Friday, April 23, 2004

Pumpkin Pie


9 inch unbaked pie shell
1 Cup sugar
1 teaspoon cinnamon
1/4 teaspoon cloves
1/4 teaspoon nutmeg
1/4 teaspoon ginger
1/2 teaspoon salt
2 eggs
1 1/2 Cups canned pumpkin (Not the stuff with spices; just pumpkin)*
1 2/3 Cups evaporated milk**

  1. Blend sugar, spices and salt. 
  2. Add eggs, pumpkin and milk. 
  3. Mix well and pour into pie shell. 
  4. Bake about 60 minutes at 350 F. or until the pie is "set." 
  5. Check the pie after 40 minutes. Refrigerate when cool.
One and a half cups of canned pumpkin is one 15 oz. can or 425 grams. 
** One and two thirds cups of evaporated milk is one 12 ounce can or 354 ml.

As written, this makes a single pie. 
A smaller shell makes a thicker pie, but will take a bit longer to cook. 
Double for a large deep pie, or two pies. 
Adjust the spices to suit your taste; I favor a bit more ginger.

Wednesday, April 7, 2004


This is a rewrite of a scone recipe from "Stephanie" that Michael downloaded and printed back in 1998. My approach to scones is practical rather than fussy, so I don't, for instance, use a glass or cookie cutter to shape them. These freeze well; I suggest removing them from the oven just as soon as they are cooked through, cooling them, then freezing them. The recipe can be enhanced by adding dried fruit, lemon or orange zest—use your imagination. You can substitute milk for the cream, use a mixture, or in a pinch, use canned evaporated milk, as long as the quantity remains the same.

2 cups all-purpose flour
1/3 cup granulated sugar
2 teaspoons baking powder
1/8 teaspoon salt
1/3 cup chilled butter
1 egg, beaten 1 teaspoon vanilla
1/2 cup heavy whipping cream

In a large bowl, combine the flour, sugar, baking powder and salt. Cut the butter into small pieces and blend into the flour image of scones on a platewith a pastry blender. The mixture should look like coarse crumbs. If you wish to add raisins, or dried fruit, add about 1/3 to 1/2 cup now, and stir them in. In a small measuring cup combine the whipping cream (or a mixture of cream and milk), beaten egg and vanilla. Add this to the dry ingredients, and stir just until it's combined into a dough you can handle. You want to mix and handle the dough as little as possible since the more you handle it, the tougher the scones will be.

Remove the dough from the bowl; most of it should adhere into a single lump. Knead the dough gently on a lightly floured surface to mix in any odd crumbs or dry flour left in the bowl. Roll or pat out the dough into a rectangle that's about an inch to an inch and a half thick (depending on how many scones you wish to make). If you want to make the scones sparkle, lightly sprinkle a little granulated sugar over the rectangle. Cut the rectangle into six to twelve scones.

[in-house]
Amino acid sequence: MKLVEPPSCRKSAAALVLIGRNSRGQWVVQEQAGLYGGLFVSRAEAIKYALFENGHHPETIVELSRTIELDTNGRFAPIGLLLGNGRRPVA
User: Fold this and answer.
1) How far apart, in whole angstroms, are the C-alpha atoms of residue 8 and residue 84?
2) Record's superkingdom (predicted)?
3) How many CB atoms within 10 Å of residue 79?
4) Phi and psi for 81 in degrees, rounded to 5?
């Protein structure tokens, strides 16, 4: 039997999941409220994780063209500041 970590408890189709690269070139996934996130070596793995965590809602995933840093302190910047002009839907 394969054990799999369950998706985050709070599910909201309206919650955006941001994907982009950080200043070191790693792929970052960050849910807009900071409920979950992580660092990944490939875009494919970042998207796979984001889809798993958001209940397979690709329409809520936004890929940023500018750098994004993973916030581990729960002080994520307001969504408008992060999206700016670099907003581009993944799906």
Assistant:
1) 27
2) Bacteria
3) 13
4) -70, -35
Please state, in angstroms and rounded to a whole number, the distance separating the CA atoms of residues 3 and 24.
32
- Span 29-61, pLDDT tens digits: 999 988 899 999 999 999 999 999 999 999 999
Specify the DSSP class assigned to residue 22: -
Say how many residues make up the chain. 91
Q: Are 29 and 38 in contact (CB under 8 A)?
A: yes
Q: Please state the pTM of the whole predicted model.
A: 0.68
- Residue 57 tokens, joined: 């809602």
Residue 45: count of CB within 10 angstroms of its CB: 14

Transfer the scones to a lightly oiled baking sheet. Bake 375 F. for about 15 minutes, or until the scones are lightly browned.

Tuesday, April 6, 2004

Peach or Fruit Cobbler

This is a recipe my mother gave me; she was given it by an unknown friend. I'll have to ask her who it was.

I generally make it with peaches, though I've used fresh berries, and even canned cherries. It's best with peaches. I use peaches I've frozen. I buy local fresh peaches (from California, sorry mom) at the Farmers' Market, let them ripen, dip them in boiling water just long enough to loosen the skin, peal them, slice them, and mix them with sugar and absorbic acid (to keep them from darkening), then freeze flat in gallon size ziploc freezer bags. Peach cobbler in January through March is a lovely treat, and the frozen peaches have a wonderful flavor.

Cobbler Ingredients:

  • 1 2/3 cups Flour
  • 3/4 Sugar
  • 1/2 teaspoon Baking Powder
  • 1 1/2 Cups Milk
  • 1 Stick (1/2 cup) Butter, melted
  • 6 cups fruit

For Syrup:

  • 1 Cup Water
  • 1 Cup Sugar
  • 3 Tablespoons Butter

Mix dry ingredients; stir in melted butter and milk until smooth. Spread batter on bottom of a buttered 9 x 13 inch pan. Add and arrange fruit (reserving any fruit juice).

Combine water (substitute any fruit juice you reserved for water), sugar (I adjust the sugar based on the sweetness/sugar of the fruit), 3 Tablespoons of butter, and boil (you want a thick syrup). Pour the syrup over the fruit. Bake at about 400 F. for about an hour; you want the batter to be cooked, the fruit to be slightly crisp on the edges, and cooked all the way through. It can take a lot of cooking, especially if you use a deep dish rather than a flat pan. Serve warm with ice cream, or a little heavy cream.